does not observe a distance

It’s a little out-dated but Borgdorff’s summary of the practice-as-research field remains very useful indeed. Borgdorff describes many of the kinds of issues that we have discussed and I wonder where you position yourselves in relation to them now.

Donald Schön speaks of ‘reflection in action’ in this context, and I earlier described this approach as the ‘immanent’ and ‘performative perspective’. It concerns research that does not assume the separation of subject and object, and does not observe a distance between the researcher and the practice of art. Instead, the artistic practice itself is an essential component of both the research process and the research results. This approach is based on the understanding that no fundamental separation exists between theory and practice in the arts. After all, there are no art practices that are not saturated with experiences, histories and beliefs; and conversely there is no theoretical access to, or interpretation of, art practice that does not partially shape that practice into what it is. Concepts and theories, experiences and understandings are interwoven with art practices and, partly for this reason, art is always re exive. Research in the arts hence seeks to articulate some of this embodied knowledge throughout the creative process and in the art object.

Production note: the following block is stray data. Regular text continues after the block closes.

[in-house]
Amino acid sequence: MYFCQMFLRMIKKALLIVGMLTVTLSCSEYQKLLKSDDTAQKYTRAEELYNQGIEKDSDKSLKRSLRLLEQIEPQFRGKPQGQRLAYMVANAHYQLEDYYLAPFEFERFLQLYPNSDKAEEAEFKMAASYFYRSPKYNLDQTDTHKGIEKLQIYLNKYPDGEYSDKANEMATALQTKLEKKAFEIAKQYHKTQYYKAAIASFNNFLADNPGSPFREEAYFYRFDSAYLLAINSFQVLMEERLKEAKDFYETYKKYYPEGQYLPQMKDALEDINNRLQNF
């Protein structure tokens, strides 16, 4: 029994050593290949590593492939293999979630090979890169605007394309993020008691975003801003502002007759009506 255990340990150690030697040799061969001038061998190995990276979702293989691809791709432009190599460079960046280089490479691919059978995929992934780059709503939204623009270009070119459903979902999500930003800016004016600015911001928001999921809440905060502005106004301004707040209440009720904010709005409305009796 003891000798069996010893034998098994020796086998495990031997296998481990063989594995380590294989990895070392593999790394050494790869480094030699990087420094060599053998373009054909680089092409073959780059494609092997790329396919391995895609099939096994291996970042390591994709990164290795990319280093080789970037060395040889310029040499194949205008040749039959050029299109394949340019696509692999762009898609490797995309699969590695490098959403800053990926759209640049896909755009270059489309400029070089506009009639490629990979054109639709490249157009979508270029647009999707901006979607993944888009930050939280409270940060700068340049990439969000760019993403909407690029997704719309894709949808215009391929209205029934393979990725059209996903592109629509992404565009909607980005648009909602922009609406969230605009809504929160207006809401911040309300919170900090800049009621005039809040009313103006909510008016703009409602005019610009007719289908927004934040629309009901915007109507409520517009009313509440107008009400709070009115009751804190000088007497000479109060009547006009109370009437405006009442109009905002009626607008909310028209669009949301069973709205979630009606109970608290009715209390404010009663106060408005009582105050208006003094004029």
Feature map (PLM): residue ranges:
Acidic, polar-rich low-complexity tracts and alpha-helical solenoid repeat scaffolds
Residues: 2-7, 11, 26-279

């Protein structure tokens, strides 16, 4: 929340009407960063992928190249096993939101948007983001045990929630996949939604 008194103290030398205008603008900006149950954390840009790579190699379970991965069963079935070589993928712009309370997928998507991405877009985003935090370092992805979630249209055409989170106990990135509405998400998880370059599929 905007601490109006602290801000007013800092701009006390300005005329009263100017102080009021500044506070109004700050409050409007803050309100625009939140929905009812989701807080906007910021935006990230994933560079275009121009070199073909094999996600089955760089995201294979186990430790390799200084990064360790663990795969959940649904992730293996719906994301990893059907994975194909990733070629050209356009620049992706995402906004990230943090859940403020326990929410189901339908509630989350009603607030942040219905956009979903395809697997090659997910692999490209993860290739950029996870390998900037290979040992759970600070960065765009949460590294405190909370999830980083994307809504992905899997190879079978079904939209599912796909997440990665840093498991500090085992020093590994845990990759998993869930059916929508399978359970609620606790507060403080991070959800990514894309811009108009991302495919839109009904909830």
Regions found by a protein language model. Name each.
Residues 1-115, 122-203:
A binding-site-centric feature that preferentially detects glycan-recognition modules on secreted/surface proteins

– Henk Borgdorff

http://www.pol.gu.se/digitalAssets/1322/1322713_the_debate_on_research_in_the_arts.pdf

 

some questions to consider (in silence)

IMG_0927

Regarding your practice:

  • How does it fit (or not) with the lists of *practice* and *research* generated during the class?
  • What are your interests?
  • Do you have any questions about your practice?
  • Any ideas about how you might address these questions (through practice)?
  • Anything you’d like to change about your practice? How?
  • What kinds of relationships exist between practicing and making/choreographing?